Barclays and HSBC have funnelled £150m into buy-to-let fintech lender Lendinvest to help landlords make property improvements, with a particular focus on bringing homes up to an energy performance certificate rating of C.
Whilst HSBC already funds Lendinvest’s short-term financing, this is the first time Barclays has come onboard. The fintech lender also receives long-term financing from JPMorgan, Citi, and National Australia Bank.
The firm also went public in July, unlocking £40m in primary capital.
“We’re open to any [property] enhancements, but a big portion of [the financing] will be environmental,” Rod Lockhart, Lendinvest’s chief executive officer, told FTAdviser.
“Our product provides [landlords] with an incentive to get to an EPC C or above.”
Lendinvest’s short-term loans last on average 12 months, though they can be longer or shorter depending on the BTL investor’s underlying project. The value of one of these loans falls anywhere between £100,000 and £2m.
“We’ve seen a real demand as investors come out of Covid uncertainty and become more active again,” said Lockhart.
“These borrowers are moving quickly to take advantage of the opportunities which come out of their acquisitions,” he continued. One such opportunity is the government’s EPC targets.
Since April 2020, all BTL properties have had to have an energy performance certificate rating of E. But the government wants to raise this requirement to an EPC rating of C from 2025.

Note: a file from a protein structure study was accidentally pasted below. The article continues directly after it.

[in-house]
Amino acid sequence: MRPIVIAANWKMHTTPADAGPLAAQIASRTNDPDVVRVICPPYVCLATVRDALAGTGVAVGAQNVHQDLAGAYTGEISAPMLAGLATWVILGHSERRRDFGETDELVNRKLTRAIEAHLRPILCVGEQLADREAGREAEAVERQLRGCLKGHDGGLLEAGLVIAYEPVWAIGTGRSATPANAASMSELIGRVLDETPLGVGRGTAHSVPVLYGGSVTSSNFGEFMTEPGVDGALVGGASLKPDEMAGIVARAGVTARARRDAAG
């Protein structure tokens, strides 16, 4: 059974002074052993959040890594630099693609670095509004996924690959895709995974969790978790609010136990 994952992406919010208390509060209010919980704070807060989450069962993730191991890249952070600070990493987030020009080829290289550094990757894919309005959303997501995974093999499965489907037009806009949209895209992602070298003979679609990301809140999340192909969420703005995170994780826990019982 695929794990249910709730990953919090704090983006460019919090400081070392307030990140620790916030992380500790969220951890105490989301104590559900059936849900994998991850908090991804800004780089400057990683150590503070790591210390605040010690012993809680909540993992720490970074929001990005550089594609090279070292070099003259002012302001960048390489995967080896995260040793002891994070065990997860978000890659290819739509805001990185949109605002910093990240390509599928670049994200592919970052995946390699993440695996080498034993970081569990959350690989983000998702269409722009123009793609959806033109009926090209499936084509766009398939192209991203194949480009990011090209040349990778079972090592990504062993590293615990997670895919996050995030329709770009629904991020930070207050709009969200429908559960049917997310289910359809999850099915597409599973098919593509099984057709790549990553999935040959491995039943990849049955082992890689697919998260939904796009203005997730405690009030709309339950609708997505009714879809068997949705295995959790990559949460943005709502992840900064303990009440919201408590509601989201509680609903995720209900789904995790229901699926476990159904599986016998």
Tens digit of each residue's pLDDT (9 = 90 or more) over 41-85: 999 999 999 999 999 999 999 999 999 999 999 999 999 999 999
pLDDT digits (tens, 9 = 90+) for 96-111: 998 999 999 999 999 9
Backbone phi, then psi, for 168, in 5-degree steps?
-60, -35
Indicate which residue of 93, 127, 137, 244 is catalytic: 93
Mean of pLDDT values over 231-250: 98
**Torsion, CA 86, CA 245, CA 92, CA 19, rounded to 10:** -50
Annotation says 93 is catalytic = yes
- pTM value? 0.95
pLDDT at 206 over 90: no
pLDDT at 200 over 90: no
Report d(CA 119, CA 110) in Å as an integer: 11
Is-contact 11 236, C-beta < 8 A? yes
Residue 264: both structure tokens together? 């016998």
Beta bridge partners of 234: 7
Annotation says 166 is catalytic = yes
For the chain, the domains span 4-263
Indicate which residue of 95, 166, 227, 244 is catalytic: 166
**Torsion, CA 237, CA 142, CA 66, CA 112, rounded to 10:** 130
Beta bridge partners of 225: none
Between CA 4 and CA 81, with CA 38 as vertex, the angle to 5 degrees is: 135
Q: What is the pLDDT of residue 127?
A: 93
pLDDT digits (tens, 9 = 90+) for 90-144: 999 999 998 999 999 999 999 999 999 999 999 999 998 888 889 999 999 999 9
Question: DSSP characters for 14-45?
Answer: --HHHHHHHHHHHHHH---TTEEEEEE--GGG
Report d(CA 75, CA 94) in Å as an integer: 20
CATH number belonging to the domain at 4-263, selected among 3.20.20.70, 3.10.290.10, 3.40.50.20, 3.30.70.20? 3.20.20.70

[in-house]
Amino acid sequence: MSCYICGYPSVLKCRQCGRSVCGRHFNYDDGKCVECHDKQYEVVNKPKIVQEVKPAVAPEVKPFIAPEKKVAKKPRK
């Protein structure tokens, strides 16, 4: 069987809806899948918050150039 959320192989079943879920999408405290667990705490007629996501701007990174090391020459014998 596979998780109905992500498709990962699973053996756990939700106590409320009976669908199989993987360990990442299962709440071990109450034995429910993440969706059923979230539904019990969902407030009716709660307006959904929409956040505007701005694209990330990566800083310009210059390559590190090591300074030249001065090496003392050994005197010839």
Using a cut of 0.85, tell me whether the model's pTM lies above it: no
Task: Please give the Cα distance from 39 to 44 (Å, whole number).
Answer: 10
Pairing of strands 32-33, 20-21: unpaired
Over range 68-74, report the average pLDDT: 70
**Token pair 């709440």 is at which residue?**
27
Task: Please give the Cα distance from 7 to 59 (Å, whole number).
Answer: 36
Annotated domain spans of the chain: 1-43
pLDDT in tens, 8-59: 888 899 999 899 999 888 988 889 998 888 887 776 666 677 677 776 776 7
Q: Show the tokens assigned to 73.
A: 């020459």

This affects more than half (58 per cent) of the UK’s housing stock. Some in the industry have raised their concerns over lenders potentially not lending on properties with an EPC rating of D or below.
But Lockhart said he is seeing an increasing number of BTL investors keen to do their bit. “We’ve seen investors actually wanting to help the environment,” Lockhart explained.
“Hopefully over the next 12-24 months, more products will become available to upgrade buildings in this way.”
HSBC and Barclays’ £150m financing does come with a set of criteria regarding the types of properties or borrowers Lendinvest can lend to. But Lockhart said this was “nothing unusual”.
By lending through a fintech, these banks can take advantage of its specialist technology.
The chief executive cited open banking which it uses to approve income, as well as phone-friendly customer identity checks, and integrated tools such as DocuSign.
“We’re always looking to bring new investors onto our platform in different ways,” said Lockhart.
“This particular partnership is fairly well set for the next year. But as we use the capital, we will look at the same banks or other investors [for more financing].”
The focus on environmental home upgrades is a big one for BTL investors. Last month, data released by the Office of National Statistics suggested the government’s green homes initiative could cost landlords a collective £21.5bn. This works out to £7,646 per privately rented property.
But the £2bn Green Homes Grant the government introduced to fund its scheme was scrapped in March, leaving no clear path for landlords without the cash in hand to make the desired improvements.